Looking at the on-line definitions of "wonky," I see how appropriate that word is (http://www.thefreedictionary.com/wonky). (Since it's not a word in general American usage, I had to check.)

I forgot to comment on the last sentence of your previous post:
I am inclined to agree with "the instability of the world of illusion" but not so much that these workingman's playing cards represent the flux of becoming and the repose of being.
Well, for workingpeople, it would be the instability of the world and the repose of the saints and the hereafter. The beauty of these cards is that they can be understood on various levels of intellectual sophistication. For example, 15th century mythological engravings, presumably inexpensive, show a surprising degree of knowledge about classical mythology, more than could be expected from the artisans that produced them. The "Mantegna tarocchi" has specific imagery based on a ca. 1400 manuscript called the Libellus (Levenson et al, Early Italian Engravings from the National Gallery of Art, p. 140, and discussed with pictures on the "Mantegna" thread). The engravers had humanist advisers, and a mixed audience, some of whom appreciated the subtleties and perhaps rewarded the workshops in various ways, if only in the form of lucrative commissions. Tarot cards likewise were not only for workingpeople. The paintings that I have seen of pre-19th century tarot players suggest the gentry, or at least the nouveau gentry. In the 18th century, De Gebelin says he discovered the cards by going to see a "Madame C of H, who had arrived from Germany or Switzerland," and finding her and others playing the game. (http://www.tarotpedia.com/wiki/Du_Jeu_Des_Tarots, Article I). She sounds well off. In the 16th century, Aretino mentions the characters of the tarot in his dialogues; the people dialoguing are indeed working people, but only in that they are prostitutes who cater to rich clients. The story about Casanova's mistress reading the cards is of the same milieu; they knew about the tarot because of the business they sought to attract. I suspect that shops whose work appealed to a high as well as low clientele got patronage and advice accordingly, including from those who wanted to recruit people to the secret societies, when they made cards that served that purpose without being blatant about it.

Re: The Magician

#48
mikeh wrote:
Pen's addition to the card is another trick, in the spirit of a true Bateleur. The perspective is wrong, but never mind. It's wrong on the Chariot, too. Since we can't see the whole table on the card, we can't be sure how many legs it has. We dearly want it to have four, so it will be stable, just like we want the world to be.
No trick intended, Mike.
Image
If you look carefully at the Bateleur's leg (the one on our right), you will see that the direction of the line (on the right) of the legging-material suddenly changes its angle just before we get to the table top. That's might be part of the table leg. In the Conver and Vieville, we don't see any change of angle at all, just a very straight pants-leg. But in all these cases the Bateleur's leg is in front of where the table-leg would be, obstructing our view. We are being played with.
Yes, the perspective on the card is wrong (and my original extended image was made in that spirit), yet not so wrong that a fourth leg could be in front of the Bateleur's leg. In order for a fourth leg to be in that position, some of the visible table top would have to be lost.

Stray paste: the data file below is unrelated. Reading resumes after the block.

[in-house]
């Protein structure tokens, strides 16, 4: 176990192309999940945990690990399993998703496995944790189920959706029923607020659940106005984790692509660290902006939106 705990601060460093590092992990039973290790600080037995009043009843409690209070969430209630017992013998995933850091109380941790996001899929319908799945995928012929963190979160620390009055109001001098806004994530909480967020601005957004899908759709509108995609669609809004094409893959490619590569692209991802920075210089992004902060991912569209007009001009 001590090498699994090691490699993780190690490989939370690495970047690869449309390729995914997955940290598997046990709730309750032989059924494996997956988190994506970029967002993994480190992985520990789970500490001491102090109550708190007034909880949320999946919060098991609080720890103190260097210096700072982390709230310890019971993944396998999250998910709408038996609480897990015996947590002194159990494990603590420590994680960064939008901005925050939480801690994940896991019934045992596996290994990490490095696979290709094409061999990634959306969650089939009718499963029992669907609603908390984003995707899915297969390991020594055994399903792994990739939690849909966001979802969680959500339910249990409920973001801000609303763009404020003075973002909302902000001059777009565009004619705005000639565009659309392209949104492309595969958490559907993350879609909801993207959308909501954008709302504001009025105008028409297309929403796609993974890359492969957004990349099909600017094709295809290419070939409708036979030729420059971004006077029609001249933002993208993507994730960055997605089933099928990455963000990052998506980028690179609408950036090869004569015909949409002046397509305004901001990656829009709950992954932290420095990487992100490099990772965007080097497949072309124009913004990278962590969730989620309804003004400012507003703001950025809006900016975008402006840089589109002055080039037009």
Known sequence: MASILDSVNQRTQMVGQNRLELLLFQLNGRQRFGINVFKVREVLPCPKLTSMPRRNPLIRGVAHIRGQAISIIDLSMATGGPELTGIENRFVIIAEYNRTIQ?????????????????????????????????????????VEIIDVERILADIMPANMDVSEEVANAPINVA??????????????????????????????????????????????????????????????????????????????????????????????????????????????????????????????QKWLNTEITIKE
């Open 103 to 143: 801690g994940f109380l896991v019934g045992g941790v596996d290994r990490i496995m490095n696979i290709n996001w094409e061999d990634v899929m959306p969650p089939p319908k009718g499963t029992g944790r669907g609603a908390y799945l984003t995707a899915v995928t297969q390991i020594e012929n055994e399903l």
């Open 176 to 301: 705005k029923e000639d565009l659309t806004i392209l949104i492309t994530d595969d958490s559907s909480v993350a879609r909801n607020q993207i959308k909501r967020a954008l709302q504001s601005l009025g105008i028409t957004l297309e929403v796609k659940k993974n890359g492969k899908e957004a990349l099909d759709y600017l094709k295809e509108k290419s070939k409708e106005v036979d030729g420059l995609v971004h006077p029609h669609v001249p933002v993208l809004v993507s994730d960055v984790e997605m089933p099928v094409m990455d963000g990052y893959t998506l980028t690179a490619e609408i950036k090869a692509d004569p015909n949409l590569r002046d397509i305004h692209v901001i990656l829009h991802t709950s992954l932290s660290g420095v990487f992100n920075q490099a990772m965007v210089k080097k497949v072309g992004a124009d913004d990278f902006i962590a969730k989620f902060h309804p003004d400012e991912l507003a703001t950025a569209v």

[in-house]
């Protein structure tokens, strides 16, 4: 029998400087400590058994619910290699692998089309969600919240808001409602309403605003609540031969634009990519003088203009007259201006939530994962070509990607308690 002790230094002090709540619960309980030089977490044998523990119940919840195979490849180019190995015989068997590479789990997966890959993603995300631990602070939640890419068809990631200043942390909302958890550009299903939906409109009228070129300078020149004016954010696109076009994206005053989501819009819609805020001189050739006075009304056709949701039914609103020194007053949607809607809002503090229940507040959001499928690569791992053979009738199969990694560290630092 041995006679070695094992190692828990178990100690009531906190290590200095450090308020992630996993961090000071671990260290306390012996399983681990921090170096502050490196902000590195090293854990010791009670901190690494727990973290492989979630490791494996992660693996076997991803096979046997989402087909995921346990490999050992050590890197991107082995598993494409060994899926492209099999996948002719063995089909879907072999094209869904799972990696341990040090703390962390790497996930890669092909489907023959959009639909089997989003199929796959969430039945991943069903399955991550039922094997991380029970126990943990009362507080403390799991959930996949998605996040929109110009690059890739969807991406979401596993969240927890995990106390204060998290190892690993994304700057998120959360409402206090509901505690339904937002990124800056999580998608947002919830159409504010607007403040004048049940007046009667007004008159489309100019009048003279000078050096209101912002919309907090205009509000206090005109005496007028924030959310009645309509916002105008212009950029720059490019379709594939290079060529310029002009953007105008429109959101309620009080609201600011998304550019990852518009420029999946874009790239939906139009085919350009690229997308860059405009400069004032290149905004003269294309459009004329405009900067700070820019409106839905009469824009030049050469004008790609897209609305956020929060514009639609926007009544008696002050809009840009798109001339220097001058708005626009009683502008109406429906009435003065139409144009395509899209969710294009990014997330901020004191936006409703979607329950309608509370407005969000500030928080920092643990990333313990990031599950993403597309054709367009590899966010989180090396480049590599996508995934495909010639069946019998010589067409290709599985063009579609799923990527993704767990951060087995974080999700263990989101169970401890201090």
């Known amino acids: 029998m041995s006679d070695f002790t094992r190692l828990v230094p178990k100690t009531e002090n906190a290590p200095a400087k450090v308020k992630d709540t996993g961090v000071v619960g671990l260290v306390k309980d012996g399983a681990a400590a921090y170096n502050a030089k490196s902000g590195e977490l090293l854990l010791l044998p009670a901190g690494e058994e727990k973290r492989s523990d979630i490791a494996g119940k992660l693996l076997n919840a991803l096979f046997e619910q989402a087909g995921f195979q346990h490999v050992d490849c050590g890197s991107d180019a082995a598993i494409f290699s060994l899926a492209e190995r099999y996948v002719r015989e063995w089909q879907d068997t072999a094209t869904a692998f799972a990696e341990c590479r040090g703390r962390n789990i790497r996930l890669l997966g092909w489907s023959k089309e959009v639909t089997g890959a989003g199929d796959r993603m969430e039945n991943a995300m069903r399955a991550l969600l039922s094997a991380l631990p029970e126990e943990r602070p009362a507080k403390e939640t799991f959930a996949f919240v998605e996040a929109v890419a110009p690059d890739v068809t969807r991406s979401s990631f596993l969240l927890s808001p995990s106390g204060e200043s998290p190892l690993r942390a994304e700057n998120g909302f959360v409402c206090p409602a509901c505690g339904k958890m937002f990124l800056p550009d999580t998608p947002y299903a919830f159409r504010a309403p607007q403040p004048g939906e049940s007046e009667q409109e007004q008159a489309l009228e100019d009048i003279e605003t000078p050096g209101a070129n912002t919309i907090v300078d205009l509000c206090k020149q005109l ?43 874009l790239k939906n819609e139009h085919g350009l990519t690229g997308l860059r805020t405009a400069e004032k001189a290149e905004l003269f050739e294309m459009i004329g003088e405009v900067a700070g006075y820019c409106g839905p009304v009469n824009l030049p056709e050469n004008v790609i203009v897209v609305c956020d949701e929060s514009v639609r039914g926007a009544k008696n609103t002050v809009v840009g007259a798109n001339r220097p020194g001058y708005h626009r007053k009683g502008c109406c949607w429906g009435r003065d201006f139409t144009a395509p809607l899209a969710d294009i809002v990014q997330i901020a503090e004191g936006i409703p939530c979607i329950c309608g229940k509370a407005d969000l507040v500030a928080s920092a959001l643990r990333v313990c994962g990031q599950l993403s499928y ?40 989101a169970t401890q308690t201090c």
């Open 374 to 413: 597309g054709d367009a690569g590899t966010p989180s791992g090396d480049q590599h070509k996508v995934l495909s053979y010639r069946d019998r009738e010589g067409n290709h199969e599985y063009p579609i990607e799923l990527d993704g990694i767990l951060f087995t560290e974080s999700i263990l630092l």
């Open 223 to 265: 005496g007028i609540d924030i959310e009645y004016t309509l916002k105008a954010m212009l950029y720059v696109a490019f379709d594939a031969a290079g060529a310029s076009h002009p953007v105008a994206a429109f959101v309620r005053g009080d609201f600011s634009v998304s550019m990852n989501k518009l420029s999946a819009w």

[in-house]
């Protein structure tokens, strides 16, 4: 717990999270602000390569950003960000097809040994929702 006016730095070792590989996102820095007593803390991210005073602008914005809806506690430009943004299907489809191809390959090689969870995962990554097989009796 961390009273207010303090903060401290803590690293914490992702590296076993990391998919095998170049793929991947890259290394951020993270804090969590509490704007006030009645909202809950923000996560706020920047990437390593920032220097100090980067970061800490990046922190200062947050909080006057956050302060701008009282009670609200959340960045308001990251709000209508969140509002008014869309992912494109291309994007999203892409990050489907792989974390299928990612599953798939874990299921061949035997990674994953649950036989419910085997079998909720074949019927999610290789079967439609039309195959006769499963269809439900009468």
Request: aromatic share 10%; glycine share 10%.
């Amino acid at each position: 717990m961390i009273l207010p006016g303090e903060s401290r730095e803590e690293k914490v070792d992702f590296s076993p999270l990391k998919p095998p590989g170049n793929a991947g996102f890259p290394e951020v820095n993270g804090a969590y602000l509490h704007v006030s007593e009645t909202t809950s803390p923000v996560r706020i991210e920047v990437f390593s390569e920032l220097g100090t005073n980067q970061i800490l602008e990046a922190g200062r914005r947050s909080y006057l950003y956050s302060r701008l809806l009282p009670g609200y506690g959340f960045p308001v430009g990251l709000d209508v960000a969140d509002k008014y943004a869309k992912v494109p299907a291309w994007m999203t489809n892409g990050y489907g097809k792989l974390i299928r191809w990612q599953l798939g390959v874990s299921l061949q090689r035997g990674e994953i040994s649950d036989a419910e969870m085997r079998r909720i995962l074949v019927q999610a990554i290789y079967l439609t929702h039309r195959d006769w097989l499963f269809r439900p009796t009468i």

In any case, the angle of the table leg would make this impossible, unless you're suggesting that this is more trickery.
It is just that the fourth table-leg would naturally be in the vicinity of the man's leg.
I think the images below prove that it wouldn't, whatever the unseen area of the table top. The artist was simply not that imcompetent.





Whether the argument for a three-legged table has legs or whether the card simply features a forward tilted, rectangular four-legged table, part of which is out of the frame, I guess each will decide for him/herself - hopefully the above images may help a little with that.



Pen
He's not the Messiah, he's a very naughty boy...

Re: The Magician

#50
Hi Pen,
Pen wrote:
mikeh wrote:
Pen's addition to the card is another trick, in the spirit of a true Bateleur. The perspective is wrong, but never mind. It's wrong on the Chariot, too. Since we can't see the whole table on the card, we can't be sure how many legs it has. We dearly want it to have four, so it will be stable, just like we want the world to be.
No trick intended, Mike.
Image


If you look carefully at the Bateleur's leg (the one on our right), you will see that the direction of the line (on the right) of the legging-material suddenly changes its angle just before we get to the table top. That's might be part of the table leg. In the Conver and Vieville, we don't see any change of angle at all, just a very straight pants-leg. But in all these cases the Bateleur's leg is in front of where the table-leg would be, obstructing our view. We are being played with.
Yes, the perspective on the card is wrong (and my original extended image was made in that spirit), yet not so wrong that a fourth leg could be in front of the Bateleur's leg. In order for a fourth leg to be in that position, some of the visible table top would have to be lost.

Image


In any case, the angle of the table leg would make this impossible, unless you're suggesting that this is more trickery.
It is just that the fourth table-leg would naturally be in the vicinity of the man's leg.
I think the images below prove that it wouldn't, whatever the unseen area of the table top. The artist was simply not that imcompetent.

Image


Image


Whether the argument for a three-legged table has legs or whether the card simply features a forward tilted, rectangular four-legged table, part of which is out of the frame, I guess each will decide for him/herself - hopefully the above images may help a little with that.

Image


Pen
Beautiful work!

I agree with you completely, that the fourth leg would be have to be out of the picture. Given how far the right of the table (our right) goes, it wouldn't be a very good table any other way. This is true even if the distortion of the image, and allowing for more distortion, is taken into account.
Image